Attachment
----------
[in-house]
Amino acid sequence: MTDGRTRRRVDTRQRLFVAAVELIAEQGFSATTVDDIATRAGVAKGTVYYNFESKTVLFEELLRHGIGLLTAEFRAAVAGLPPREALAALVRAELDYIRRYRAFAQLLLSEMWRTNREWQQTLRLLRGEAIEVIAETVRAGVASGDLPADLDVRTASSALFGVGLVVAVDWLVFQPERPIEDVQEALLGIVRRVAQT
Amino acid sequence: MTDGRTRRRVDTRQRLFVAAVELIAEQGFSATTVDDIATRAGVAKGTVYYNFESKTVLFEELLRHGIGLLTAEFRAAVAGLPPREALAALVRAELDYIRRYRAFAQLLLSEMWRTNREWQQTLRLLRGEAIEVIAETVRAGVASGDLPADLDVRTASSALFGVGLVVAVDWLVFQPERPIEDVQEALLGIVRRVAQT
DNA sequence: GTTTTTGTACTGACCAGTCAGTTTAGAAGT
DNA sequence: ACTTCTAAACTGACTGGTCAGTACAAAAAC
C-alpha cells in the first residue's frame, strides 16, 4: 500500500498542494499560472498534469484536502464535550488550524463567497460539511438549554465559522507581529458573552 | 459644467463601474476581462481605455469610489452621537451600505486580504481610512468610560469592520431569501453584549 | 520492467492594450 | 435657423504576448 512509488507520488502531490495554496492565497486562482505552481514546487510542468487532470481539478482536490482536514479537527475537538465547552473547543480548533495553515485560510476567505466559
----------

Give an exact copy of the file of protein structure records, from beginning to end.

[in-house]
Amino acid sequence: MTDGRTRRRVDTRQRLFVAAVELIAEQGFSATTVDDIATRAGVAKGTVYYNFESKTVLFEELLRHGIGLLTAEFRAAVAGLPPREALAALVRAELDYIRRYRAFAQLLLSEMWRTNREWQQTLRLLRGEAIEVIAETVRAGVASGDLPADLDVRTASSALFGVGLVVAVDWLVFQPERPIEDVQEALLGIVRRVAQT
Amino acid sequence: MTDGRTRRRVDTRQRLFVAAVELIAEQGFSATTVDDIATRAGVAKGTVYYNFESKTVLFEELLRHGIGLLTAEFRAAVAGLPPREALAALVRAELDYIRRYRAFAQLLLSEMWRTNREWQQTLRLLRGEAIEVIAETVRAGVASGDLPADLDVRTASSALFGVGLVVAVDWLVFQPERPIEDVQEALLGIVRRVAQT
DNA sequence: GTTTTTGTACTGACCAGTCAGTTTAGAAGT
DNA sequence: ACTTCTAAACTGACTGGTCAGTACAAAAAC
C-alpha cells in the first residue's frame, strides 16, 4: 500500500498542494499560472498534469484536502464535550488550524463567497460539511438549554465559522507581529458573552 | 459644467463601474476581462481605455469610489452621537451600505486580504481610512468610560469592520431569501453584549 | 520492467492594450 | 435657423504576448 512509488507520488502531490495554496492565497486562482505552481514546487510542468487532470481539478482536490482536514479537527475537538465547552473547543480548533495553515485560510476567505466559